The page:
It’s the end of the week, so what better way to move into Friday than with a bit of a laugh? Except it’s for real. And the joke’s on the government.

In a piece in the Guardian today, we’re told that in an effort to unclog the greasy drainpipes of the family courts,  the government has rolled out a pilot which offers free DNA testing to families in order to clear up who the baby daddy is. But that’s not the funny bit.

The article also tells us that families who keep turning up at court will be funneled off into what is being called The Troubled Families Unit. Yup, that’s its actual name.

You can just see it now – “Don’t you be telling me you’re not the father. I’m going down to the Troubled Families Unit today and then we’ll see who’s laughing.”

The trouble is, we don’t really know what a troubled family unit looks like. It’s been troubling trying to define the troubled family in the past. Well, you can see the trouble with it, can’t you? In 2012 stats trying to quantify and identify troubled families were met with laughter by all – the research was having some trouble identifying and defining our troubled families. But a list was created, and included:

a) no parent in work
b) poor quality housing,
c) no parent with qualifications,
d) mother with mental health problems
e) one parent with longstanding disability/illness
f) family has low income,
g) Family cannot afford some food/clothing items

According to the government, if you display 5 out of these 7 elements, you are troubled. Now we can add an 8th:

h) constantly having to go back to court because the system is rubbish

Yes, that’s going to go down well. Just like the Troubled Family Unit. We’re all going to be queuing up to get a piece of that.

Going back for a moment to the central theme of the article, the pilot it appears, will not only be offering free DNA paternity tests, but will also be doing hair strand tests for drug and alcohol addiction. Given the latest news that DNA testing companies are turning their attention to children in the court system (to see if illegal drugs are in their system due to abuse or being exposed to them in the womb), we wonder how many children may be put through this often traumatic process, possibly without the right kind of counselling beforehand.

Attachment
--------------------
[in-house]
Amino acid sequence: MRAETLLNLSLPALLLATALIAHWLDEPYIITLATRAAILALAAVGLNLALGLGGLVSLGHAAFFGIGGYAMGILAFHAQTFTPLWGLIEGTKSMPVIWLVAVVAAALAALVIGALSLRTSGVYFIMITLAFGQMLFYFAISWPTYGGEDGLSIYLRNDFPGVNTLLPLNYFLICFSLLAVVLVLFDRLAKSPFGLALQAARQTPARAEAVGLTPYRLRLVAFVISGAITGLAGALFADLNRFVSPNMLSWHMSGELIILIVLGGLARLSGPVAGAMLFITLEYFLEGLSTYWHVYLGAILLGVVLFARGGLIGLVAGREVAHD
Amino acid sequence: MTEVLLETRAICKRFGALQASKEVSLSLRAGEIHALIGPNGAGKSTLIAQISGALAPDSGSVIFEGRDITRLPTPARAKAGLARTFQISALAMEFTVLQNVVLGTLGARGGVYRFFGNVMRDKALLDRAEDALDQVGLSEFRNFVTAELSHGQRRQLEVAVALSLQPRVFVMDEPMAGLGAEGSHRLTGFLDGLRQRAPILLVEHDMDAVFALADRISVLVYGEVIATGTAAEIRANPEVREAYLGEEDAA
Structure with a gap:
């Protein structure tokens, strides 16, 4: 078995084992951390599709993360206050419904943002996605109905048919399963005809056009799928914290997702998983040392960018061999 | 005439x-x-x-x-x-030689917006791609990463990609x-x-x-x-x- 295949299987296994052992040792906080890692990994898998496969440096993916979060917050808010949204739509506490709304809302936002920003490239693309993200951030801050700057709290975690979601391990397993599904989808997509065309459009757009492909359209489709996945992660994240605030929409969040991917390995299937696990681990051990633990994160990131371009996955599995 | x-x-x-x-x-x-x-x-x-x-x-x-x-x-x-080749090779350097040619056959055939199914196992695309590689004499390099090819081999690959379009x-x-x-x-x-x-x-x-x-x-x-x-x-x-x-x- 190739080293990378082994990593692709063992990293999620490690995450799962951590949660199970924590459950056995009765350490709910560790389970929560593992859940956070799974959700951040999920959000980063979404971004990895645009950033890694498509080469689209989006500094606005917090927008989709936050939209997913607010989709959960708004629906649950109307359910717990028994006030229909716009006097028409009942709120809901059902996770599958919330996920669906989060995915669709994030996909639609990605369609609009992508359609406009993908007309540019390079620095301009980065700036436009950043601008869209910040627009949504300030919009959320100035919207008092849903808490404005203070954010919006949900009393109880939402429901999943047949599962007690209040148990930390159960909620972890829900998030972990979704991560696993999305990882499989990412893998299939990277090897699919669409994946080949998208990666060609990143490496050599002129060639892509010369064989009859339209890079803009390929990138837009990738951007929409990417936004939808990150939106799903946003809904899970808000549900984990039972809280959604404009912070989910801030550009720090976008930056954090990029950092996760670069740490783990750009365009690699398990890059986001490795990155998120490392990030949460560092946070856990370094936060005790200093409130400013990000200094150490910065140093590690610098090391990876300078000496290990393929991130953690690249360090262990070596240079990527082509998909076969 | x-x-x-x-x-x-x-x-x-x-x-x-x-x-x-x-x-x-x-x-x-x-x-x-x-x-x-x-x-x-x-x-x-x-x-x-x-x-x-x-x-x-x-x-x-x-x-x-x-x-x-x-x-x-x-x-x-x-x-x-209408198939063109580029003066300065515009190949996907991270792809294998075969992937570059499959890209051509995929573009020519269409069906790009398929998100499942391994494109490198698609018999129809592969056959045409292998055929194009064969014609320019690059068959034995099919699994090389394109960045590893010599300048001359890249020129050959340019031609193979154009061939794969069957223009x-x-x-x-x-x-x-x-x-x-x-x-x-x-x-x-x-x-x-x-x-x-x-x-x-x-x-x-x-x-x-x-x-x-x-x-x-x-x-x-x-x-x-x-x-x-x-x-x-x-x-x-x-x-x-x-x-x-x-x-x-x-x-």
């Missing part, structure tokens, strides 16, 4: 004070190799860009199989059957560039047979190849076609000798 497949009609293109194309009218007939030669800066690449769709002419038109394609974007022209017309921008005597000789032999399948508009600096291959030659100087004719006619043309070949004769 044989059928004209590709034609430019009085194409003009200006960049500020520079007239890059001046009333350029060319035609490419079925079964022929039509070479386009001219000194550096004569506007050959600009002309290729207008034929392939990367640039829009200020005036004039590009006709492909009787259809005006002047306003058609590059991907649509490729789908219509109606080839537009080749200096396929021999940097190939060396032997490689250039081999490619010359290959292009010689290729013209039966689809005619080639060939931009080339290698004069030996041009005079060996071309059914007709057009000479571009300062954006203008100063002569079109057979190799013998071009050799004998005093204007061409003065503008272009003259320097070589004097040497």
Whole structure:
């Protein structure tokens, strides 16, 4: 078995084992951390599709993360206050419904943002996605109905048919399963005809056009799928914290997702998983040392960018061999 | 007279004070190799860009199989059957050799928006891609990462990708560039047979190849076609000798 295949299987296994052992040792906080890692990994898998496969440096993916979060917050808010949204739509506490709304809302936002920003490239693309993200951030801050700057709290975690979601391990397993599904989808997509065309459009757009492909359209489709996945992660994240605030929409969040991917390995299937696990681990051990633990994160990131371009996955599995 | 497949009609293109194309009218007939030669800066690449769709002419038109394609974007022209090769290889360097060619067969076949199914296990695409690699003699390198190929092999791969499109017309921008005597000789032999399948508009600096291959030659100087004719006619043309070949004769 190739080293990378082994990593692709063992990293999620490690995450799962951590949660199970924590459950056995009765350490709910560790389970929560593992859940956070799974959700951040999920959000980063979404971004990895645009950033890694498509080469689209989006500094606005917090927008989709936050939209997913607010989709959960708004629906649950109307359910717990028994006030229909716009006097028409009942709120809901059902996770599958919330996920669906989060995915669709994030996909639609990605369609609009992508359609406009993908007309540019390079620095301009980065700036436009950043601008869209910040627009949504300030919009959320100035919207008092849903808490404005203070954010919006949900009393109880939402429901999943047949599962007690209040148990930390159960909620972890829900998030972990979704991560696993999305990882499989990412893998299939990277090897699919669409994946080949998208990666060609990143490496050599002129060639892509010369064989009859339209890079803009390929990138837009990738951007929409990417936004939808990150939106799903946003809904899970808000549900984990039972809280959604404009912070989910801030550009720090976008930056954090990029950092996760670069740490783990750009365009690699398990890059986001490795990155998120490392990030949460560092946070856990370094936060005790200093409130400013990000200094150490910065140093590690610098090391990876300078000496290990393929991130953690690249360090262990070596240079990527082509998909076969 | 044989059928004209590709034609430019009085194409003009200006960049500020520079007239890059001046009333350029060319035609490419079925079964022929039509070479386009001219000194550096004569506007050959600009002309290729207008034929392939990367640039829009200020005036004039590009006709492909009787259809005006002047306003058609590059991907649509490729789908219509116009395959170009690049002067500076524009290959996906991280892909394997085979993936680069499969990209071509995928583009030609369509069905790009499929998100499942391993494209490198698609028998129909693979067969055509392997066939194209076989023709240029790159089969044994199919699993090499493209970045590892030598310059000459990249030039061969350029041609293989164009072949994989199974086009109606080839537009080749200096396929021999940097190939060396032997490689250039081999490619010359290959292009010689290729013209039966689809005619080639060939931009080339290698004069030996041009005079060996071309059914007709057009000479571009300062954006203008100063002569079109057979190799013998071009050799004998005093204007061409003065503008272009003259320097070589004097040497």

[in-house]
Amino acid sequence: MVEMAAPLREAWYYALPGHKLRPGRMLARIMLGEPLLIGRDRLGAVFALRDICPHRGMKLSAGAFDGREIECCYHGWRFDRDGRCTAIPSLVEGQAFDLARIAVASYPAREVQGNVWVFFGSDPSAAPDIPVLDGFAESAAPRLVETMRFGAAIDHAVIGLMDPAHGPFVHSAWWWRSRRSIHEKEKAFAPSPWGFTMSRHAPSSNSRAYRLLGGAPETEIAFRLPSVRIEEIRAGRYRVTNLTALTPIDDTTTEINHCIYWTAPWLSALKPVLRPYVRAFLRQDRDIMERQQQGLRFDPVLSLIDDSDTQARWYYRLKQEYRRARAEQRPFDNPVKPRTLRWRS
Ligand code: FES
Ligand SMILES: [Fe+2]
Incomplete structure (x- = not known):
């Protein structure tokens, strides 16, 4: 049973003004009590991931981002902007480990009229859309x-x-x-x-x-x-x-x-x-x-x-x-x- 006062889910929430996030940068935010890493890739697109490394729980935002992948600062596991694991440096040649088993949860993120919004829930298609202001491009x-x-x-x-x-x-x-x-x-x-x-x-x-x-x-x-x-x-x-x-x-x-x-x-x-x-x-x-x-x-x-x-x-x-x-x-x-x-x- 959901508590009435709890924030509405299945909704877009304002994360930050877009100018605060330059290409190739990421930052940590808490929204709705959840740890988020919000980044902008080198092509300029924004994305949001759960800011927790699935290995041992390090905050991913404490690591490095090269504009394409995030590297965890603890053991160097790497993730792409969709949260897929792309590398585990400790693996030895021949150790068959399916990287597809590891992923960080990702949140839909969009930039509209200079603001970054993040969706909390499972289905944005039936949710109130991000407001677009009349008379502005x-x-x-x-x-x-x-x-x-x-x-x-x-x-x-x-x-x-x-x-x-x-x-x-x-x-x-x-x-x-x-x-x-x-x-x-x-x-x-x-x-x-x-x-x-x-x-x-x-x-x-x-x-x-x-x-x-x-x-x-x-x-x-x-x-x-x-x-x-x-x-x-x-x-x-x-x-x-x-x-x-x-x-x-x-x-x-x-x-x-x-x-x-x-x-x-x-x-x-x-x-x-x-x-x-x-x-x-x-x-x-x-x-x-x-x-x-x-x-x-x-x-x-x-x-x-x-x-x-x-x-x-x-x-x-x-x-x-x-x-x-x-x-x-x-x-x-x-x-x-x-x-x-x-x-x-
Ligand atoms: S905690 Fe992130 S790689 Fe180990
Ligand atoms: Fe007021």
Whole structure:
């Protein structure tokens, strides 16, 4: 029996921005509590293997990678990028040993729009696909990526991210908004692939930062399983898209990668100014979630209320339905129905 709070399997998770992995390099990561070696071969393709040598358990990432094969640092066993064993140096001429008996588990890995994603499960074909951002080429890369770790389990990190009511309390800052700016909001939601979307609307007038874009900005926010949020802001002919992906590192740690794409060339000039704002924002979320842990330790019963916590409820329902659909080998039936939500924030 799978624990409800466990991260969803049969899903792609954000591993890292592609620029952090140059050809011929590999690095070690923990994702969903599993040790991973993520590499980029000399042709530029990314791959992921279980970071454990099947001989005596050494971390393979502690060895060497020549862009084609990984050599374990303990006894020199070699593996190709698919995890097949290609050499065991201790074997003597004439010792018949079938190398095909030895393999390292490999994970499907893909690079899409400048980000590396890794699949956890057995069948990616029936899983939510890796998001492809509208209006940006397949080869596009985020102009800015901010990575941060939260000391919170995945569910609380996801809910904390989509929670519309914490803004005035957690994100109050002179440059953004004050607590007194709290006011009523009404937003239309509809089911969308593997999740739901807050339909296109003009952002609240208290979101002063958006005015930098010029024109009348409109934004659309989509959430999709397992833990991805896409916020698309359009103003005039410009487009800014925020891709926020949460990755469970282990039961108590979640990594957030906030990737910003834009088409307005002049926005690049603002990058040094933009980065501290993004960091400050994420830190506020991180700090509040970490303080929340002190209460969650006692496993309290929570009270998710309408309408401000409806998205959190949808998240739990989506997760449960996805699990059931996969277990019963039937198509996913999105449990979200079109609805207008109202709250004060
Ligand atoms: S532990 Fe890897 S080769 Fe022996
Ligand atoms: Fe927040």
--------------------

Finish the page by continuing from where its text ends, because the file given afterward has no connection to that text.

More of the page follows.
Yet, the piece isn’t all bad. Simon Hughes, our justice minister, would like to see family courts being turned into advice centres and families moved away from the court system altogether so that they can resolve matters in a more appropriate and problem-specific way. Hughes is also advocating cutting lawyers out of the equation wherever possible, and, we think quite rightly says the state doesn’t owe lawyers their living.

That’s the good bit. The rest, unfortunately, just amounts to a great punch line for the weekend.

Big hat tip to the ever clever Tracey McMahon for sharing this news item with us.

 

 

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